Targeting the viral life cycle

The SARS-CoV-2 life cycle begins with entry into the host cell, followed by generation of the RTC derived from pp1a translated from ORF1a, and pp1ab translated by ribosomal frameshifting to ORF1b. Then, the viral genome is replicated and packaged into new virions. Inhibitors (red) targeting viral and host factors that are important in the viral life cycle could prevent the spread of infection.

GRAPHIC: V. ALTOUNIAN/SCIENCE

Despite the rollout of vaccines in several countries, discovering antivirals to treat SARS-CoV-2 continues to be important. There are already concerns about the emergence of SARS-CoV-2 variants that may be less susceptible to the current vaccines. Moreover, new antivirals are needed if remdesivir-resistant SARS-CoV-2 strains emerge. Recent data indicate that plitidepsin maintains potent antiviral activity against the B.1.1.7 SARS-CoV-2 variant (13). Furthermore, many viruses rely on similar host pathways for propagation, leading to some antivirals having a broad spectrum of activity against multiple viruses (3, 6). Remdesivir was originally identified for treating hepatitis C and respiratory syncytial virus, but was ineffective. It was repurposed for use against Ebola virus, and now against SARS-CoV-2. This suggests that antivirals discovered in the race to treat COVID-19 may be useful for future epidemics.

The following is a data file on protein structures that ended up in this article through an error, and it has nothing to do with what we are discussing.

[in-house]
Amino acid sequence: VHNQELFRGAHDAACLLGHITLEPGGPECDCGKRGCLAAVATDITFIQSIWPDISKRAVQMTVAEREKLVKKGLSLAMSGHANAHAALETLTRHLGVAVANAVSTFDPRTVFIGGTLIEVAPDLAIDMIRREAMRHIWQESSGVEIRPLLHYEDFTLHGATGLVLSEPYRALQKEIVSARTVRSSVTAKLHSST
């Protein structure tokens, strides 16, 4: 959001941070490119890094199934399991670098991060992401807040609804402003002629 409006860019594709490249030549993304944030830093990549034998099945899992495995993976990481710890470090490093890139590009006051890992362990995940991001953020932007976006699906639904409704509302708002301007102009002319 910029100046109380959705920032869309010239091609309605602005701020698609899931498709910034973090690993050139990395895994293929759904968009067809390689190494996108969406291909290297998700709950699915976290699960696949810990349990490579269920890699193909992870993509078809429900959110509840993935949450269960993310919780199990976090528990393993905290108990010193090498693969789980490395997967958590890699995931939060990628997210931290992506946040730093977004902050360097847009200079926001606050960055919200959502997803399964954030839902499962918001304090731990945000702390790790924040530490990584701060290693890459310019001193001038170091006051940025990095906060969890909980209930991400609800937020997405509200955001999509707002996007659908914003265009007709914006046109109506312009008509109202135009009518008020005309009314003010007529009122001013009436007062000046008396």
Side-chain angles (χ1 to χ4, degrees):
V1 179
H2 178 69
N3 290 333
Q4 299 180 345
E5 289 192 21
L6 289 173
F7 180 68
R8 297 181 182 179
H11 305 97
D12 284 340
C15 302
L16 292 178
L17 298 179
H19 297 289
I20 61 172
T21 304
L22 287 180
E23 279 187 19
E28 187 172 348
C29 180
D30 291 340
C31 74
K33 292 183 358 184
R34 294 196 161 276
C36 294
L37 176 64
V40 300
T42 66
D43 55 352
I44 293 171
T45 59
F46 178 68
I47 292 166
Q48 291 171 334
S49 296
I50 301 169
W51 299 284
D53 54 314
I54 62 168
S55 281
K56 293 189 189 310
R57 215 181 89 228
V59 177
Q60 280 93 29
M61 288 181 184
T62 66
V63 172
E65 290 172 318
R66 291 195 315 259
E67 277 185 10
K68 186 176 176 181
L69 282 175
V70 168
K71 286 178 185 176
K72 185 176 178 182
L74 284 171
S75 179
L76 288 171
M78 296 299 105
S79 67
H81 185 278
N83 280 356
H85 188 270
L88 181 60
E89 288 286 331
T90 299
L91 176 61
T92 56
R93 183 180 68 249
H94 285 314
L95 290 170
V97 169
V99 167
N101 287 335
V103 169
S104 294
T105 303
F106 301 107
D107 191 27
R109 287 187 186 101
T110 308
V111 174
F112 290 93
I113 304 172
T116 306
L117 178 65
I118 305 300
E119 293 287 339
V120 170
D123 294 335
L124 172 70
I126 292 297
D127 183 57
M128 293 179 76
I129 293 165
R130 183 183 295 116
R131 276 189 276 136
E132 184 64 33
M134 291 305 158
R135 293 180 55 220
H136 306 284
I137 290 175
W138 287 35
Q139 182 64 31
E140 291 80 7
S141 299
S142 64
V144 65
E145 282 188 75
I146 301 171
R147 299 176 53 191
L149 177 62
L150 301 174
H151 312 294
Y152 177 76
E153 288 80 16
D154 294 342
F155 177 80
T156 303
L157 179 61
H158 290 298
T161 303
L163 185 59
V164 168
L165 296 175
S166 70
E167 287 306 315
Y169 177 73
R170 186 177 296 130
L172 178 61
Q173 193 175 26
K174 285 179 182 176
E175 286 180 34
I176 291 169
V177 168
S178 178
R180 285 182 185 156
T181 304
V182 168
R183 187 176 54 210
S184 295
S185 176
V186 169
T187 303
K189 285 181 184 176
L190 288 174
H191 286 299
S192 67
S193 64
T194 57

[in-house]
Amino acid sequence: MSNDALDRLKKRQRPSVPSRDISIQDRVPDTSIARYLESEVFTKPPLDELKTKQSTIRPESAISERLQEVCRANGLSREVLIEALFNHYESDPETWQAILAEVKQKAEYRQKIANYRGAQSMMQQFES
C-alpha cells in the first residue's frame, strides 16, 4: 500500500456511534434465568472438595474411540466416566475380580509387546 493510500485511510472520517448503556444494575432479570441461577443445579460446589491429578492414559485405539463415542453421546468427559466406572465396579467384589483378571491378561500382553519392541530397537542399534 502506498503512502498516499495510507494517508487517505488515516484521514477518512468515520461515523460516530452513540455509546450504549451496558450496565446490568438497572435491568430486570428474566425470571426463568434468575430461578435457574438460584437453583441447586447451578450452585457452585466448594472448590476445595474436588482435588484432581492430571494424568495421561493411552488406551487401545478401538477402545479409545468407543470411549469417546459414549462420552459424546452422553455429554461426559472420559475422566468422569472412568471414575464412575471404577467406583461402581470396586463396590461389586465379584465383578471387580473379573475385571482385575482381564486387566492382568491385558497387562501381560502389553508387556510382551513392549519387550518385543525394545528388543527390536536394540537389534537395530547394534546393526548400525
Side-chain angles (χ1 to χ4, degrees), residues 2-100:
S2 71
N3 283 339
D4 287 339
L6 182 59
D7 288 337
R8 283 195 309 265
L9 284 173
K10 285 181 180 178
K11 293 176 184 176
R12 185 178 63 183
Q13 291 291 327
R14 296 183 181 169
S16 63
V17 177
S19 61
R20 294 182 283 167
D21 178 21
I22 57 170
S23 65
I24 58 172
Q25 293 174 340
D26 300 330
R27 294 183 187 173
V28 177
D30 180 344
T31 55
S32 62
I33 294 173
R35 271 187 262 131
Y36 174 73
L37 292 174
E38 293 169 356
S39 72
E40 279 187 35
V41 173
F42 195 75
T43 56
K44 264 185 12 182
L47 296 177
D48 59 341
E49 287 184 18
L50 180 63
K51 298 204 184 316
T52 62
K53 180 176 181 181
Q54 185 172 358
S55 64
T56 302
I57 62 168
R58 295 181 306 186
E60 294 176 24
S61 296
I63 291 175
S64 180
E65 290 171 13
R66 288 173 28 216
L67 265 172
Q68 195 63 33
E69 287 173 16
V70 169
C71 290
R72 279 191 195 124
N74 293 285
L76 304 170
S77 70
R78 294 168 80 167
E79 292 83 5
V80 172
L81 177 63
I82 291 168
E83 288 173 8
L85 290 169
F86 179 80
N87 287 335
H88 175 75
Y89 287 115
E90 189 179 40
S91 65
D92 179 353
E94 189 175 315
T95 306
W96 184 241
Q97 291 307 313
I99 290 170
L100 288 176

References and Notes

Acknowledgments: J.P.W. and B.D. are supported by National Institutes of Health grants CA096500, CA254564, CA019014, CA163217, and DE028211.